*stop bleeding – transform blood stasis – int. & ext. bleeding

*-can stop bleeding without causing blood stasis

*-traumatic injuries – alleviate pain, reduce swelling

The roots are also used both internally and externally in the treatment of nosebleeds, haemorrhages from the lungs, digestive tract and uterus, and injuries. The roots are harvested in the autumn, preferably from plants 6 – 7 years old, and can be used fresh or dried.

The flowers are used to treat vertigo and dizziness.

The purple-red san-qi ginseng flower is valued for its ability to improve and maintain the circulation of Blood and Qi. According to the principles of traditional Chinese medicine, san-qi ginseng flower is Sweet and Cool and pacifies the Liver.

Orally, panax pseudoginseng is used as a hemostatic, for vomiting and coughing up blood, blood in the urine or stool, nosebleed, and hemorrhagic disease. It is also used to relieve pain, and to reduce swelling, blood cholesterol, and blood pressure. Panax pseudoginseng is also used for angina, dizziness, and acute sore throat.

Traditional Chinese medicine practitioners have called notoginseng “the miracle root for the preservation of life.”Research is showing that Notoginseng exerts a number of beneficial effects on several physiological functions, including the nervous, immune, and cardiovascular systems. It is widely used in Asia for angina, to help lower cholesterol and triglycerides, and to expand coronary arteries in order to promote blood circulation and prevent blood clots.

Internally it is used for coronary heart disease and angina(roots), dizziness, and vertigo (Flowers).  Internally and externally it is used for nosebleed, and hemorrhage from lungs, digestive tract, uterus, or injuries (roots).  It was used extensively by the North Vietnamese during the Vietnam War to increase recovery rates from gunshot wounds.  Used in the herbal combination PC-SPES’.a compound of 8 herbs used for prostate cancer.  It is one of the most valuable Chinese herbs for traumas and injuries because of its ginseng-like tonic properties and its strong hemostatic action in acute conditions. It will effectively dissolve blood clots when taken internally and works very well for most abnormal bleeding when combined with the ashes of human hair.  Its healing, astringent properties increase when combined with comfrey root.  Like the other ginsengs, it may be taken as a blood and energy tonic and is regarded by some as equally effective.  It is considered preferable for younger people because it moves the chi more than the common American or Oriental ginsengs.  It also strengthens the heart and improves athletic performance, making it a preferred tonic for the purposes of sports medicine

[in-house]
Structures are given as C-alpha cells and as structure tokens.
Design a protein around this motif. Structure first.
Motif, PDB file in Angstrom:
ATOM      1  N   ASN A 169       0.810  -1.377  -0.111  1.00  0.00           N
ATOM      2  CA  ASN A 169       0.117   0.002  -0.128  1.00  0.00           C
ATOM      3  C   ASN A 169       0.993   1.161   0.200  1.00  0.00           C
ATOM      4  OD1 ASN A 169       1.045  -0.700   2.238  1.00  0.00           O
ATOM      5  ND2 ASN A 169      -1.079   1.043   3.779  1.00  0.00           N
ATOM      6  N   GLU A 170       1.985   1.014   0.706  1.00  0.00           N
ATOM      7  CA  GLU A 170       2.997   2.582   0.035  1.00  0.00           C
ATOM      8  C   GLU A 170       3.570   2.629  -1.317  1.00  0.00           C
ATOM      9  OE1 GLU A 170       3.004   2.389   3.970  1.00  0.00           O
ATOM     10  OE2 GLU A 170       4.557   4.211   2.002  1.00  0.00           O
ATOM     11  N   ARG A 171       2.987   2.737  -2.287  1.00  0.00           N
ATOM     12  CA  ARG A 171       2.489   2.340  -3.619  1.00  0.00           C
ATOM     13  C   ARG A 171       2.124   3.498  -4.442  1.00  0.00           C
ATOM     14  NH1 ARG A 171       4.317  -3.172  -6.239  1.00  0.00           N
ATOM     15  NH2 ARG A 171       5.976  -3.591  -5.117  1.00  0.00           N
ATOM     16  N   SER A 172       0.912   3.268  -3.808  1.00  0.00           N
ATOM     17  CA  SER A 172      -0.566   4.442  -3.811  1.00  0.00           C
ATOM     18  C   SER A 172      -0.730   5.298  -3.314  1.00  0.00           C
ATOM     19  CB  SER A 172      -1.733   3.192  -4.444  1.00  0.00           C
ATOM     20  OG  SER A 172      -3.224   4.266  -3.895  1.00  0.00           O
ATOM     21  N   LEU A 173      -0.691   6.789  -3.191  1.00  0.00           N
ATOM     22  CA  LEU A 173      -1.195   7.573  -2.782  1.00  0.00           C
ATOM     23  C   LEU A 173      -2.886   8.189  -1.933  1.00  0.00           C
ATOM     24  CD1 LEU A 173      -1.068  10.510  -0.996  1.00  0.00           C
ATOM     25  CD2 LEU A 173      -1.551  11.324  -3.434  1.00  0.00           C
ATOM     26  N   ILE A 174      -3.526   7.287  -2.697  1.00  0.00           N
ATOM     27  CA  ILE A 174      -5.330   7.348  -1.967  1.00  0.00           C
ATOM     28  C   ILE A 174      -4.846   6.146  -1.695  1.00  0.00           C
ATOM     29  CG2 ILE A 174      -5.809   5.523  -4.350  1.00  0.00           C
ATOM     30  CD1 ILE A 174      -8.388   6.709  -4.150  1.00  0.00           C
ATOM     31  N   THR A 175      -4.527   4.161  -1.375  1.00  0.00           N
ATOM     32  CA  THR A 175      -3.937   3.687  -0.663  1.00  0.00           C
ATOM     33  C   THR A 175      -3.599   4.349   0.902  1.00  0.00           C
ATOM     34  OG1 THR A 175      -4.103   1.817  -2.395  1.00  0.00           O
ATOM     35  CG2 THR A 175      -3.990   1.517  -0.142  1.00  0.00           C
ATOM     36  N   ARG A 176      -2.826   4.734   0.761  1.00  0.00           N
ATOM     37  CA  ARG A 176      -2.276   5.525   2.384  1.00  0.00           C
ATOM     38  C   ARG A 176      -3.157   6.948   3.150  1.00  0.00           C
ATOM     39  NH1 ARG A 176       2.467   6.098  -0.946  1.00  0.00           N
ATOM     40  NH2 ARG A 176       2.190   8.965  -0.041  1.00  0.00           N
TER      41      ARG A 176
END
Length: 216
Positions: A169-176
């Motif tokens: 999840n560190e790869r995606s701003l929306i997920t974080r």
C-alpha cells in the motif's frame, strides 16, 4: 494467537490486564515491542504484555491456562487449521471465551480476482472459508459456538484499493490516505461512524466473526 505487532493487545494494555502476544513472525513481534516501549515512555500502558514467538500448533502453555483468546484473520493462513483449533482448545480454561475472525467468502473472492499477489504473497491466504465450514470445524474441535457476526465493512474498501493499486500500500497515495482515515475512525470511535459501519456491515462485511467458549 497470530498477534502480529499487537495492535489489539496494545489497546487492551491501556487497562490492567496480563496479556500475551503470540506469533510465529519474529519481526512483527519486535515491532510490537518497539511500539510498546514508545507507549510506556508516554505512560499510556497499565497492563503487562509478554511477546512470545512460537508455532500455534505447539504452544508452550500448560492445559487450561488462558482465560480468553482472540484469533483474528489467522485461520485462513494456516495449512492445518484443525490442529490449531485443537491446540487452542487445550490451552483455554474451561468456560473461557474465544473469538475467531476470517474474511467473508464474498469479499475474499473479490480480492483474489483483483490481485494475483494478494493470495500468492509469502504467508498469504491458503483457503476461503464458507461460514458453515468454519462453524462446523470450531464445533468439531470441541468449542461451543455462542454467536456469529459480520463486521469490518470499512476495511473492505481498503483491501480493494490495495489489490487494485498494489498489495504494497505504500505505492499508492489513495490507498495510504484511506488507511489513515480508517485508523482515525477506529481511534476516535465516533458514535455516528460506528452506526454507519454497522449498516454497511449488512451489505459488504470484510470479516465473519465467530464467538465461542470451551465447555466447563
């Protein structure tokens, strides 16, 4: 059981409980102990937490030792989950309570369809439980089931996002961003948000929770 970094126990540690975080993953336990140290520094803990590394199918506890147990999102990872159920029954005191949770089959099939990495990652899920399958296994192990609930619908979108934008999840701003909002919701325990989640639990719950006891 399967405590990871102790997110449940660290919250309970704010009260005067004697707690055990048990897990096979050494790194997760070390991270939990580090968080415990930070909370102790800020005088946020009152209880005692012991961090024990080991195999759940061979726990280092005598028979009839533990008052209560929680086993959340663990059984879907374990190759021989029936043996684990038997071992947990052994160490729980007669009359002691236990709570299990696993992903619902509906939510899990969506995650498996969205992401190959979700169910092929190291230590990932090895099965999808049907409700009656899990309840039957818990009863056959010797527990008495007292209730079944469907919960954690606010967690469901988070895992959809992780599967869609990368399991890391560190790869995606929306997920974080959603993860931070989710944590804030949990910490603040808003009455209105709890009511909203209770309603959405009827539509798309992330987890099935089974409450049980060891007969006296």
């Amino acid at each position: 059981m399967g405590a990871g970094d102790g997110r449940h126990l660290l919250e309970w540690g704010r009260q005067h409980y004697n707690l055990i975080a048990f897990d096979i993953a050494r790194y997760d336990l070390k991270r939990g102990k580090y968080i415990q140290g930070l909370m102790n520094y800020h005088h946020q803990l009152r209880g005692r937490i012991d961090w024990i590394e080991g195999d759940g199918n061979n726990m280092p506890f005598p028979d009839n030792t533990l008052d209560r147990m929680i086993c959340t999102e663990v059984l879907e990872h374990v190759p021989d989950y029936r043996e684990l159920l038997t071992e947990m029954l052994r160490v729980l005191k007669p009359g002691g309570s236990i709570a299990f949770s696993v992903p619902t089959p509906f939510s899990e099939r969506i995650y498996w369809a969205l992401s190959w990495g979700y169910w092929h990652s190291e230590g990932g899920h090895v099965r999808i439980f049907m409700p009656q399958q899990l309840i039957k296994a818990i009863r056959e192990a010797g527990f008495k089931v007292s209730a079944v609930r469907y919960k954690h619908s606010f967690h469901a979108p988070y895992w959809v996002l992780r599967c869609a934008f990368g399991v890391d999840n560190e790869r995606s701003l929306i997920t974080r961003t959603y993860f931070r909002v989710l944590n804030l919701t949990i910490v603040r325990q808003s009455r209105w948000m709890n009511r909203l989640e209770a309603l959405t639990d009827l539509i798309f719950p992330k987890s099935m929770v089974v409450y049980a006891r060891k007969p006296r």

According to Ron Teeguarden, master herbalist and author of Radiant Health: The Ancient Wisdom of the Chinese Tonic Herbs (Warner Books, 1998), Notoginseng is also considered one of the most powerful blood tonics known to man. It is used in Chinese medicine to assist coagulation of the blood, stop bleeding, and to dilate the coronary artery and increase coronary blood flow, thus providing more blood to the heart muscle. The herb also reduces cardiac load, lowers arterial pressure, and improves micro-circulation in and around damaged heart tissue.

The herb is sweet and slightly bitter in flavour, slightly warm in nature, and acts on the heart, liver and spleen channels. Being sweet for mildness, warm for clearing, it acts heart and liver channels and blood division for resolving blood stasis and improving blood circulation. When the stasis is resolved and the blood returned back to the vessels, the bleeding without retaining blood stasis, it is an important herb to stop bleeding and alleviate pain. The herb is often used to treat various kinds of bleeding and pains due to blood stasis.